OPINION
April 5, 2014
Re "The quest for diversity," Editorial, March 28 Your editorial on Proposition 209 and diversity at California's public universities is unclear and patronizing. It is unclear in endorsing as the benchmark of "meaningful racial diversity" the University of California's "diversity goals" - goals that the university has not itself enunciated. One can try and divine what the university's goals are, but with little success. Apparently, exceeding the pre-Proposition 209 minority enrollment (except for African American students at Berkeley and UCLA)
SPORTS
April 1, 2014 | By Mike Bresnahan
The two towers approach delivered a single, familiar result. Another Lakers loss. Pau Gasol got his wish, the chance to play next to fellow 7-footer Chris Kaman, but nothing really changed Tuesday in a 124-112 victory by the Portland Trail Blazers at Staples Center. Gasol and Kaman didn't show much chemistry together, but was that surprising at all this season? BOX SCORE: Portland 124, Lakers 112 Also in the predictable file: Steve Nash left in the second quarter because of a sprained left ankle.
SPORTS
March 30, 2014 | By Mike DiGiovanna
Mike Trout could have another monster season. Albert Pujols and Josh Hamilton could bounce back from career-worst years. Joe Smith and Sean Burnett could add much-needed depth and reliability to the bullpen. And it might not matter. For the Angels to end their four-year playoff drought, they will need six months of consistently strong pitching from a rotation that has little margin for error or injury. The projected starters should be better than the 2013 group, though inexperience at the back of the rotation is a cause for concern.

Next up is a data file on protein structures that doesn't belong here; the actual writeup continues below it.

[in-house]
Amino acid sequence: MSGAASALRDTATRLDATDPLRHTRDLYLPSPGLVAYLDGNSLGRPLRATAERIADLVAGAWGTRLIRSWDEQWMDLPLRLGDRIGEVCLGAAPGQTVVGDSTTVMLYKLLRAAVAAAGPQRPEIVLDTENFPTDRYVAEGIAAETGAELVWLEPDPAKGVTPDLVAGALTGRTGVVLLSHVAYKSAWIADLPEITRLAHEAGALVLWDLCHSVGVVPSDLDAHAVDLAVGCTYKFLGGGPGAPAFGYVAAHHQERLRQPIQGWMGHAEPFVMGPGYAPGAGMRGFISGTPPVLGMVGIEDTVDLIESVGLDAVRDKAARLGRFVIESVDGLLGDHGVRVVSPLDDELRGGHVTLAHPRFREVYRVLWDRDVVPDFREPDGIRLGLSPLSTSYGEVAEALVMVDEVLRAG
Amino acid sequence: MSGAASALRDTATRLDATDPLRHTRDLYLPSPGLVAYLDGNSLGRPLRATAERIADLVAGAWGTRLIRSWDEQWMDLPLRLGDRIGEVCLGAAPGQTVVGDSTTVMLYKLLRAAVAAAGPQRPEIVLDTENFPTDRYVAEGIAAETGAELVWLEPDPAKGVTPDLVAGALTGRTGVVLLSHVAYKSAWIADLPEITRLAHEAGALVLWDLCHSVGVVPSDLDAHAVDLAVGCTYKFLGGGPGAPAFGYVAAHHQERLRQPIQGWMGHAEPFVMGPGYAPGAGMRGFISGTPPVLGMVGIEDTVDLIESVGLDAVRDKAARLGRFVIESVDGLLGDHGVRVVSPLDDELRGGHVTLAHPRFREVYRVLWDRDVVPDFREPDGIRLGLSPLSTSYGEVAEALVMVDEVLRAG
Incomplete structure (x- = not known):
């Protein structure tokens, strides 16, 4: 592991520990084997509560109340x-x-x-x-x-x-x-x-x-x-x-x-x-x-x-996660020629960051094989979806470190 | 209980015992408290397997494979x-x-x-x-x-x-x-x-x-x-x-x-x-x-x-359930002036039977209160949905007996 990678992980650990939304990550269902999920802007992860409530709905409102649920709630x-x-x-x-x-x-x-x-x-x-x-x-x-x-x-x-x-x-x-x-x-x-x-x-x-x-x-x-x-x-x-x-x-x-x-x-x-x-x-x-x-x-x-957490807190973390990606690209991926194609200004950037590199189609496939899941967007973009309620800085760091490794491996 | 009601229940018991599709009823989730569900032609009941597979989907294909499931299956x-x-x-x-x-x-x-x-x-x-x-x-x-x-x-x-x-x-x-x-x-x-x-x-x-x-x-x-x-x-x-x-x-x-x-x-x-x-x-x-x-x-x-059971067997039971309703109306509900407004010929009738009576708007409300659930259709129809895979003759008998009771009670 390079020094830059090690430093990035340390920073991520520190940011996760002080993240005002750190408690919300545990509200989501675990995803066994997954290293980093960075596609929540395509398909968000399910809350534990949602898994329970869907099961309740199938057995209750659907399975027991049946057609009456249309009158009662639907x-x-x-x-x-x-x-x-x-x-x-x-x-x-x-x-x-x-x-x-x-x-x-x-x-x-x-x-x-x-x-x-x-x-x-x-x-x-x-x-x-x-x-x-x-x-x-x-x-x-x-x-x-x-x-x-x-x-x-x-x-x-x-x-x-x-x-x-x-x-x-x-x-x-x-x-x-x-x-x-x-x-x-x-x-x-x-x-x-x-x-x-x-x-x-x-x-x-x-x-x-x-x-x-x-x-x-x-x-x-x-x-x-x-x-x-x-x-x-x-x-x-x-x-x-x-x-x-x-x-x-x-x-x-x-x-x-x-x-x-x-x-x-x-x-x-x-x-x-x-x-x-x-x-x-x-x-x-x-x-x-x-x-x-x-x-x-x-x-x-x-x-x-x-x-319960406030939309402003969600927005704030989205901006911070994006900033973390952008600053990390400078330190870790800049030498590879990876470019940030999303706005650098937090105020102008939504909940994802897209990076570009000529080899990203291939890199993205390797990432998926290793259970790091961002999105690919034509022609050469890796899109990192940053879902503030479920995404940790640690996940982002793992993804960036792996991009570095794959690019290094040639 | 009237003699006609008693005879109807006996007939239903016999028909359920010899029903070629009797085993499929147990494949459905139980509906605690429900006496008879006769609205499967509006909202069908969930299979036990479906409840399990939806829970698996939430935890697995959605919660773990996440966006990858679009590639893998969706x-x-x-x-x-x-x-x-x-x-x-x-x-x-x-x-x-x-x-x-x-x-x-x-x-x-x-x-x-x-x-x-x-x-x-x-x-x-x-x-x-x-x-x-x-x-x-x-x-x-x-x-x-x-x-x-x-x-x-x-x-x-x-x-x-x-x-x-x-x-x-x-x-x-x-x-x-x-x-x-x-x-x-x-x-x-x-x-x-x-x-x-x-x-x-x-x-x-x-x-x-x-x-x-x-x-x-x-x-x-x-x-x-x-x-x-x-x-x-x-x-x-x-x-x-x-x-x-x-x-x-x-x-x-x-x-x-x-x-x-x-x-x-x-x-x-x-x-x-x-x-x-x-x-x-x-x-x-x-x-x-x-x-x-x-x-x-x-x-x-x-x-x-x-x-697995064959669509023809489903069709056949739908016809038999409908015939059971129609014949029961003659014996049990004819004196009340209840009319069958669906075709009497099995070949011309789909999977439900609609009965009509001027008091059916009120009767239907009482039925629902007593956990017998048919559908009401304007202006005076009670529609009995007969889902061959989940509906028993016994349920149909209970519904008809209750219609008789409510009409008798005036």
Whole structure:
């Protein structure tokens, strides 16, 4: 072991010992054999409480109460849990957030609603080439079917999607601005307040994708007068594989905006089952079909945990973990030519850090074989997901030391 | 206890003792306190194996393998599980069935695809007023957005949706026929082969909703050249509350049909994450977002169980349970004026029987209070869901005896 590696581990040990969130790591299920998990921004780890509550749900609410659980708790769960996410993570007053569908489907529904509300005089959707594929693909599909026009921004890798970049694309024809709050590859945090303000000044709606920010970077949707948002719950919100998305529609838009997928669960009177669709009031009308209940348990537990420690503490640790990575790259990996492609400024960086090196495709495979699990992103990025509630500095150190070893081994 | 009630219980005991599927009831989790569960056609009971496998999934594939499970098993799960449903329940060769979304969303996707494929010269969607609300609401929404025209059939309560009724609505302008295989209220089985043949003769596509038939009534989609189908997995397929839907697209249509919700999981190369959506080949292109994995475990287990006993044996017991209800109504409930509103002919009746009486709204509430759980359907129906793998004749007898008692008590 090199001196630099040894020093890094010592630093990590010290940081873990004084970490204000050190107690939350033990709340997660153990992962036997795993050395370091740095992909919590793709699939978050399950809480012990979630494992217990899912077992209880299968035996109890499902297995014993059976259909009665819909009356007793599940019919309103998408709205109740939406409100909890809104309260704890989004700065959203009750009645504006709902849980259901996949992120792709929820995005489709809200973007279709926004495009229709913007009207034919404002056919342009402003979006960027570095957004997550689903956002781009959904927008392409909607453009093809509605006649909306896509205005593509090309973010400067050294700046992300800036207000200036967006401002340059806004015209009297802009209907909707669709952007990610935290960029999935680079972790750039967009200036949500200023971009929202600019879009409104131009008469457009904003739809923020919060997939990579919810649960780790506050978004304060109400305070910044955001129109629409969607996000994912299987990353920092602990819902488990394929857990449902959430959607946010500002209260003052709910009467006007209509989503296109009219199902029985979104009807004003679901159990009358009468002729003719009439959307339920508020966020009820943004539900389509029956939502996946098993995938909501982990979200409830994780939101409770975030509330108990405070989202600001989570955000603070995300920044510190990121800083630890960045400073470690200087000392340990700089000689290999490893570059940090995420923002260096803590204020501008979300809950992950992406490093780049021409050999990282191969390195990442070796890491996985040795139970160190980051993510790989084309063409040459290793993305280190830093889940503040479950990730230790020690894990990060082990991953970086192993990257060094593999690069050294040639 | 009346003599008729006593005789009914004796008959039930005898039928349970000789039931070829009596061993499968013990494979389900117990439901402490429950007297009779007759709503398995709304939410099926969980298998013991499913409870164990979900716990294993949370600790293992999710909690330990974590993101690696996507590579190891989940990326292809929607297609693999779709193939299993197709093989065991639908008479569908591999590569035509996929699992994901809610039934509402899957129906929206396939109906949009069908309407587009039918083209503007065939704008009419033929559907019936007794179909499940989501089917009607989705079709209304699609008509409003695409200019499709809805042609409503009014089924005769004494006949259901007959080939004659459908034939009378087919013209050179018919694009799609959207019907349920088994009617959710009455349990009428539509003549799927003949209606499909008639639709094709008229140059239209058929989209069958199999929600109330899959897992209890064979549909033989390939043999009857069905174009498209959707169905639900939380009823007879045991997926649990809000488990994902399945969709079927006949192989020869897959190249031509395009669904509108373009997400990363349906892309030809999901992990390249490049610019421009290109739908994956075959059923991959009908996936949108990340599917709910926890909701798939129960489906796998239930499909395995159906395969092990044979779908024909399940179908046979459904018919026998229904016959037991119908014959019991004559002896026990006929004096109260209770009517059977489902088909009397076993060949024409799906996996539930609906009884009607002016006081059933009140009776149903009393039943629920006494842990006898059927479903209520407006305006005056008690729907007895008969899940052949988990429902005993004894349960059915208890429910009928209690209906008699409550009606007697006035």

CALIFORNIA | LOCAL
March 29, 2014 | By David Colker
Lorenzo Semple Jr. was one of the hottest screenwriters in Hollywood in the 1970s and '80s, working on star-studded films such as "Papillon," with Steve McQueen and Dustin Hoffman; "Three Days of the Condor," headlined by Robert Redford; and "Never Say Never Again," Sean Connery's last movie as James Bond. But, rare in the trade, Semple didn't much mind if he was not the sole writer on a film. "Almost all the good scripts I've been involved in, I've been fired off of for one reason or another," he said in a 2011 video interview conducted by the Writers Guild Foundation.
SPORTS
July 31, 2009 | DIANE PUCIN, ON SPORTS MEDIA